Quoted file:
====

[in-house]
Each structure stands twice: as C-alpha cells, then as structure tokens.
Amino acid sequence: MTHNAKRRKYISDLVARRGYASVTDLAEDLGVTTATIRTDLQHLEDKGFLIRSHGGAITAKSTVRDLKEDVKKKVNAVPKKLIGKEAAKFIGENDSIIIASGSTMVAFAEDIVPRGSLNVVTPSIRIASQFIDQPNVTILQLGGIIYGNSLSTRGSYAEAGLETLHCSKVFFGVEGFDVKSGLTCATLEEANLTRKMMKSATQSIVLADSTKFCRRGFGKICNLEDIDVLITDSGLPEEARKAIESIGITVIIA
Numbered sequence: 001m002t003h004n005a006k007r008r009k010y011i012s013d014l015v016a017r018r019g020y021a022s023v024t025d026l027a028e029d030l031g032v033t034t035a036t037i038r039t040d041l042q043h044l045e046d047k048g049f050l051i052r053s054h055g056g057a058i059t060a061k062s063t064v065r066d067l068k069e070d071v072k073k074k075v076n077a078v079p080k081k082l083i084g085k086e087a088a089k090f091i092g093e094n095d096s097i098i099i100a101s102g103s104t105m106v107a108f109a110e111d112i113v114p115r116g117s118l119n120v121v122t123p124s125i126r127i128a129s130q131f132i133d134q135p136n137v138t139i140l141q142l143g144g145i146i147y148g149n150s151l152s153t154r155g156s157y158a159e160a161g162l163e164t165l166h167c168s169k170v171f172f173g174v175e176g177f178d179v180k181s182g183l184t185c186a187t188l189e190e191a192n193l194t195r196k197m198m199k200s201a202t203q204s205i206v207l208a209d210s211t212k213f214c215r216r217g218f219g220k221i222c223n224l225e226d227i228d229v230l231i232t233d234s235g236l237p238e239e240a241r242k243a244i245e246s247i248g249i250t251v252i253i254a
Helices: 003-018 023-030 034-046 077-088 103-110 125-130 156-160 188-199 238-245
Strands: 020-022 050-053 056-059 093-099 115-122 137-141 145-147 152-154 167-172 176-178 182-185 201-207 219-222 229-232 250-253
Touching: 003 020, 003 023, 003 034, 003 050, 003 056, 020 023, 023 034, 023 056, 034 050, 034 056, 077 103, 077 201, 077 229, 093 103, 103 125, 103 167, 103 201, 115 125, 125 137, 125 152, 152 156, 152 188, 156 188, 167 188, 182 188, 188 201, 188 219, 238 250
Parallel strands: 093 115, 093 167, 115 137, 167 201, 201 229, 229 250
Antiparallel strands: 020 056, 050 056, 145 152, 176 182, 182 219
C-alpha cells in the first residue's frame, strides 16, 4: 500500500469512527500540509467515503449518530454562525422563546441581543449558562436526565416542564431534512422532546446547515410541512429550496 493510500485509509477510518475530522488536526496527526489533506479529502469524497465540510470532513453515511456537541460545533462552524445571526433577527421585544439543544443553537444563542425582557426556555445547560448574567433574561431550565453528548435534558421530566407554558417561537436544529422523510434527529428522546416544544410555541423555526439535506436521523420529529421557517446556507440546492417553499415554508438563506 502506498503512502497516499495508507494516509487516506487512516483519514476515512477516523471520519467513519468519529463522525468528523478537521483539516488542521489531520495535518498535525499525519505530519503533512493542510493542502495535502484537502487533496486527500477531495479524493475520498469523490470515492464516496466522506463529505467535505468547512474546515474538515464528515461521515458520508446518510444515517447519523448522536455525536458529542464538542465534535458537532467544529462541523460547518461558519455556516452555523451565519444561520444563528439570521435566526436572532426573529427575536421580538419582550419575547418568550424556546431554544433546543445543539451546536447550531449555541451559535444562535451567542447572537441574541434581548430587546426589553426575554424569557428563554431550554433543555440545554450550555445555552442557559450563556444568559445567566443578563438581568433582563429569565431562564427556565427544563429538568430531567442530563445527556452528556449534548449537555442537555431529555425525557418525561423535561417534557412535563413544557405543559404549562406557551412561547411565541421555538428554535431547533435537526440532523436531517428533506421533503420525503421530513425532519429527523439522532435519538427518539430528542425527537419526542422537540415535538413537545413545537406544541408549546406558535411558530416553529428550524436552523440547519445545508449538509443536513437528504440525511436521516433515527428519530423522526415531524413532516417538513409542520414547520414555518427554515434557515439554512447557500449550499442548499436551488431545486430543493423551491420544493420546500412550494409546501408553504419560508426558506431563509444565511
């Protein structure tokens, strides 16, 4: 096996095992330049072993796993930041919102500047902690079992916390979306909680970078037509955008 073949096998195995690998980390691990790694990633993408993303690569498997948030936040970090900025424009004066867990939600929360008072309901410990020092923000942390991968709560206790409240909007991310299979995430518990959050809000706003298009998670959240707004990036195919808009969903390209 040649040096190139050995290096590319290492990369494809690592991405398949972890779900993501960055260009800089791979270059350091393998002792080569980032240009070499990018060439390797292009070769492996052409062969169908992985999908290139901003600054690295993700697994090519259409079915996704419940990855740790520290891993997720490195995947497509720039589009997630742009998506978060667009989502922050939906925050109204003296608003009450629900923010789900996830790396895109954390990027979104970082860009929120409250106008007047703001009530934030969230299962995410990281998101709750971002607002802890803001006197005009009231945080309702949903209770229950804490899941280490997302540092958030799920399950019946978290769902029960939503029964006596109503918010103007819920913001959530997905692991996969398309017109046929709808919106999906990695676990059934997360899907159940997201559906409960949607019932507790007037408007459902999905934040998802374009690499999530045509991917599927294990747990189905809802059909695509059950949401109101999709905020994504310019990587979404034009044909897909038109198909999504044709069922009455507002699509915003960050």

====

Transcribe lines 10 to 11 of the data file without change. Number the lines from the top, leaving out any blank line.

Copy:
C-alpha cells in the first residue's frame, strides 16, 4: 500500500469512527500540509467515503449518530454562525422563546441581543449558562436526565416542564431534512422532546446547515410541512429550496 493510500485509509477510518475530522488536526496527526489533506479529502469524497465540510470532513453515511456537541460545533462552524445571526433577527421585544439543544443553537444563542425582557426556555445547560448574567433574561431550565453528548435534558421530566407554558417561537436544529422523510434527529428522546416544544410555541423555526439535506436521523420529529421557517446556507440546492417553499415554508438563506 502506498503512502497516499495508507494516509487516506487512516483519514476515512477516523471520519467513519468519529463522525468528523478537521483539516488542521489531520495535518498535525499525519505530519503533512493542510493542502495535502484537502487533496486527500477531495479524493475520498469523490470515492464516496466522506463529505467535505468547512474546515474538515464528515461521515458520508446518510444515517447519523448522536455525536458529542464538542465534535458537532467544529462541523460547518461558519455556516452555523451565519444561520444563528439570521435566526436572532426573529427575536421580538419582550419575547418568550424556546431554544433546543445543539451546536447550531449555541451559535444562535451567542447572537441574541434581548430587546426589553426575554424569557428563554431550554433543555440545554450550555445555552442557559450563556444568559445567566443578563438581568433582563429569565431562564427556565427544563429538568430531567442530563445527556452528556449534548449537555442537555431529555425525557418525561423535561417534557412535563413544557405543559404549562406557551412561547411565541421555538428554535431547533435537526440532523436531517428533506421533503420525503421530513425532519429527523439522532435519538427518539430528542425527537419526542422537540415535538413537545413545537406544541408549546406558535411558530416553529428550524436552523440547519445545508449538509443536513437528504440525511436521516433515527428519530423522526415531524413532516417538513409542520414547520414555518427554515434557515439554512447557500449550499442548499436551488431545486430543493423551491420544493420546500412550494409546501408553504419560508426558506431563509444565511
């Protein structure tokens, strides 16, 4: 096996095992330049072993796993930041919102500047902690079992916390979306909680970078037509955008 073949096998195995690998980390691990790694990633993408993303690569498997948030936040970090900025424009004066867990939600929360008072309901410990020092923000942390991968709560206790409240909007991310299979995430518990959050809000706003298009998670959240707004990036195919808009969903390209 040649040096190139050995290096590319290492990369494809690592991405398949972890779900993501960055260009800089791979270059350091393998002792080569980032240009070499990018060439390797292009070769492996052409062969169908992985999908290139901003600054690295993700697994090519259409079915996704419940990855740790520290891993997720490195995947497509720039589009997630742009998506978060667009989502922050939906925050109204003296608003009450629900923010789900996830790396895109954390990027979104970082860009929120409250106008007047703001009530934030969230299962995410990281998101709750971002607002802890803001006197005009009231945080309702949903209770229950804490899941280490997302540092958030799920399950019946978290769902029960939503029964006596109503918010103007819920913001959530997905692991996969398309017109046929709808919106999906990695676990059934997360899907159940997201559906409960949607019932507790007037408007459902999905934040998802374009690499999530045509991917599927294990747990189905809802059909695509059950949401109101999709905020994504310019990587979404034009044909897909038109198909999504044709069922009455507002699509915003960050």